New X1 Credit Card: Too Good To Be True?

Filed Under: Credit Cards
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The waitlist has opened for the new X1 Credit Card, which is expected to launch in winter 2020. This card seems like a hybrid between Brex and the Apple Card, and I’m equal parts intrigued and skeptical. I can’t help but think that the card might just be too good to be true, and wonder how it’s sustainable…

Let’s go over some of the card basics…

Earning points with the X1 Card

The X1 Card will offer anywhere from 2-4x points per dollar spent:

  • Earn 2x points on all purchases
  • Earn 3x points on all purchases in a year when you spend at least $15,000 on the card in that year
  • Earn 4x points for 30 days when you refer a friend to the card, and they get the card; there’s no limit to how many people you can refer, and the person referred also earns 4x points for 30 days

There’s no limit to how many points you can earn, and points never expire.

Redeeming points with the X1 Card

It’s great that you can earn 2-4x points per dollar spent with the X1 Card, but how can those points actually be redeemed? Well, they can be redeemed towards purchases with over 100 retailers.

The redemption value varies:

  • At a minimum you can redeem points for one cent each towards purchases with partner retailers
  • In some cases you’ll be able to redeem points for up to two cents each towards purchases
  • We don’t yet know which retailers will get which redemption value

In other words, the card offers the equivalent of 2-8% back, depending on which earnings tier you fall in, and also depending on which retailer you’re redeeming with.

It sounds like when you redeem your points you don’t actually have to book through a portal, or anything, but rather you can offset the cost of a purchase that you’ve already made.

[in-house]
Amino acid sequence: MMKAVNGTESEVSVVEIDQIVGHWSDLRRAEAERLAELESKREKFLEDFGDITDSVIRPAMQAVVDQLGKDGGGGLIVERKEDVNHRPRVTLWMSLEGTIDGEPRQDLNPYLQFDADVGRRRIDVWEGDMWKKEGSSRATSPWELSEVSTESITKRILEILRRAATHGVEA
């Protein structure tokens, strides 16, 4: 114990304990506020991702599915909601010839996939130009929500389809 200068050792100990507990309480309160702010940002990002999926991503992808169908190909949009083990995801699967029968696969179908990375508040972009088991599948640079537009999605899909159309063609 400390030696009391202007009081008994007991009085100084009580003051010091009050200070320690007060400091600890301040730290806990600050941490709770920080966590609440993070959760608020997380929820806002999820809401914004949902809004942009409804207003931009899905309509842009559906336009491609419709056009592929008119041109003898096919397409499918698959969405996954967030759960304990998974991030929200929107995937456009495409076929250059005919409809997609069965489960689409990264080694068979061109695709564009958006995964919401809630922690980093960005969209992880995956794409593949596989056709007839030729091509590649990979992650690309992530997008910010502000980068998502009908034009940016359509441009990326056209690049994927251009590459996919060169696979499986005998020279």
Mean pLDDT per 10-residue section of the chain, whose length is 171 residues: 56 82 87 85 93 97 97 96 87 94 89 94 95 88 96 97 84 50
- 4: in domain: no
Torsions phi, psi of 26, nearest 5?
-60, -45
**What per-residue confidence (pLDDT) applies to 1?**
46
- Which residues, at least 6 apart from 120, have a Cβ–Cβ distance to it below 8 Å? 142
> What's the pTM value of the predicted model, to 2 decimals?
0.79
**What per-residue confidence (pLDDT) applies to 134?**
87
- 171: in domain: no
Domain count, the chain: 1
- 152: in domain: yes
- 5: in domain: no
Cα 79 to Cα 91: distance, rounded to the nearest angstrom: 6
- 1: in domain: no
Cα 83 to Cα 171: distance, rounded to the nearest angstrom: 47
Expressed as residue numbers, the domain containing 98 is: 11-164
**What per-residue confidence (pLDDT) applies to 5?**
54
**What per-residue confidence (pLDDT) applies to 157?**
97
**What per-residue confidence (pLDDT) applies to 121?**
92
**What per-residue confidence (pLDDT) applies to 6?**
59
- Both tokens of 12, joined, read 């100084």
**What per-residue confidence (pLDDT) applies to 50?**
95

No annual fee & no foreign transaction with X1 Card

The X1 Card will have no annual fee and no foreign transaction fees. There aren’t many rewarding cards that have both no annual fee and no foreign transaction fees, so that’s awesome.

No hard pull & different approach to credit lines with X1 Card

When you apply for the X1 Card there will be a soft pull from your credit report, rather than a hard pull.

Along those lines, there will also be a different process than usual used to determine your credit limit, and you could find that it will be up to 5x higher than with traditional credit cards:

  • Your credit limit will be based on your current and future income
  • To have your limit increased you can link your bank account and provide pay stubs
  • Your credit limit can automatically increase over time

Other X1 Card features

There are some other X1 Card features worth being aware of, which personally don’t make a difference for me one way or another, but others might find them to be interesting:

  • You can create auto-expiring virtual cards that allow you to cancel free trials automatically
  • You can cancel subscription payments with one click
  • You can use an incognito mode to shop anonymously
  • You can receive instant notification of refunds
  • This will be a Visa Signature Card, so that comes with some benefits too

Join the X1 Card waitlist now

While the X1 Card is expected to launch this winter, you can already join the waitlist, which just requires providing your name and email address:

  • The benefit is that if you’re referred you’ll receive 4x points for a period of 30 days
  • I’m amused by this waitlist concept in general, as it’s clearly a way to create hype, though I’m not sure what it means in practice
  • The company claims there are already 160K+ people on the waitlist
  • You’re allowed to advance 100 positions on the waitlist if you share your school and employer info, and you advance 500 positions for each person you refer

It seems like it’s worth getting on the waitlist so you can at least be referred, but otherwise there’s probably no rush. Others are welcome to leave their referral links in the comments section.

My take: potentially amazing, even too good to be true?

Let me start by acknowledging that we’ve seen a countless number of credit card startups that never ever actually came to fruition. In this case there are former PayPal and Twitter executives behind the venture, and it’s also allegedly within months of launching. That being said, I’ll believe it when I see it.

Based on what’s being advertised, this card sounds incredible, at least for those spending $15,000+ per year in categories where they wouldn’t otherwise receive a bonus. The card has no annual fee, no foreign transaction fees, and offers 3x points when you spend at least $15,000 per year, and 4x points for periods where you refer someone. Those points can be redeemed with all kinds of retailers, for a value of one to two cents per point.

Obviously cash in your pocket is better than money to spend with retailers, but I’d certainly take 4%+ with a retailer I spend money with over 2% cash back on another card.